In New York, some of the very former governors and mayors who gave the police hell to get raises, insisted on underpaying them, leaving them without contracts for years on end are today, once again, claiming to be their best defenders and crusaders. Why is that? Could it be because, they see an opportunity to use the cops to discourage and put down a movement that could help change America and challenge their rape of the country's wealth? Cops and firefighters should think hard about where their better interest lies and who their true allies are. Tomorrow, the attempt to rob them of their pensions will return to the front burner. And when contract time comes they will be left out in the cold and standing alone. Who should their leaders serve? Their members best interests or those of the rich and powerful?

It's more than irony that both the leader of NY's PBA (Pat Lynch) and Eric Garner grew up as sons of NYC transit workers. Not only was Pat's father a lifelong transit worker but Pat himself worked briefly as a conductor. Eric Garner's mother is a retired train operator, his sister is an active duty bus operator as are cousins who serve as active transit workers (train operator). So not only is it literally true that "That could have been any of us," but the loyalty being exercised by the leadership of the PBA to the interests of the rich and powerful, is misguided and misplaced on this count too.

The best way to stop the continuing downward spiral for working people, including teachers, police, transit workers and many others might be for us to combine the power of many unions into militant action. I made a suggestion to then UFT President Randi Weingarten at the Executive Board in 2005 to form a militant alliance of teachers and transit workers before we gave away so many of our rights that year in a horrible contract.  My friend Sam Lazarus was urging me on.  Needless to say, our idea went nowhere and working people are worse off as time has gone by.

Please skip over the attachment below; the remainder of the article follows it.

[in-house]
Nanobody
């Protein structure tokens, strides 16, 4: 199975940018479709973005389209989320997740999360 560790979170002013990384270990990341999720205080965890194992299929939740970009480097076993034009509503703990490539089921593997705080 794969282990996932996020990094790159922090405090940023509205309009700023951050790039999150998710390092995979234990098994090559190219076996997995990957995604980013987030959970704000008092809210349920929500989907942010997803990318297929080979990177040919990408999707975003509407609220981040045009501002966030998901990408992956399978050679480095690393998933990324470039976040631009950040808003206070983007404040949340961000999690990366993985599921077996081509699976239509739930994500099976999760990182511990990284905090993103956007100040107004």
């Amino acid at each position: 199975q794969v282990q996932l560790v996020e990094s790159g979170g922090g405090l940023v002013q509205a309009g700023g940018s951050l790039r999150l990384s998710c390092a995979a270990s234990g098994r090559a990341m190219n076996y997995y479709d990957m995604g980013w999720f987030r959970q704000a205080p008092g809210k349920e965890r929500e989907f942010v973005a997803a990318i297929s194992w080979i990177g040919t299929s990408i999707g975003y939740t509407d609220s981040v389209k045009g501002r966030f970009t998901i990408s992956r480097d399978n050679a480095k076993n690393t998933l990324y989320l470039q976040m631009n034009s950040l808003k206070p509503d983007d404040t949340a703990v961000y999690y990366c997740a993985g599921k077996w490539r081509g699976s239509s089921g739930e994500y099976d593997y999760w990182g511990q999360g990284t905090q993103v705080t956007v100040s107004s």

21 comments:

Anonymous said...

Wow, fantastic understanding and assessment by Toussaint. Over and over again, the French knew it when they stormed the Bastille, there is strength in numbers.

Anonymous said...

While I no not support Lynch's disrespect of the Mayor, I admire his aggressive advocacy for his members. Who is advancing the cause of public education in a loud, firm voice?

Bronx ATR said...

I agree 100%. Mulgrew seems more prepared to march against other unions than with them. As abysmal as some of the choices made by the police union may appear, ours as a teachers union has been much worse. The police union acts according to the assumption of strength, we act on an assumption of weakness. The police union hasn't traded the rights of whole sectors of their members for a sub par contract or capitulated on every major issue. One thing to keep in mind, Pat Lynch may not be popular with many New Yorkers, but he is with cops. He will have no problem being reelected and he doesn't have loyalty oaths. Can the same be said for Mulgrew?

ed notes online said...

Excellent work here James - balanced and nuanced. I am surprised at Bronx ATR raising Mulgrew's re-election - given that New Action will endorse him in exchange for Ex Bd seats. Mulgrew will win with as high if not higher percentage than Lynch and 100% of the Ex Bd seats will be Unity endorsed. And don't think the caucus you are connected with won't play some role in making that happen.

Bronx ATR said...

Hi Norm,
My point is that without Mulgrew's loyalty oaths, vise like grip on the union, and teacher apathy - he would not win. (I don't know anyone who would vote for him.) Lynch will win on his own merits, not like his Mussolini counterpart.

Anonymous said...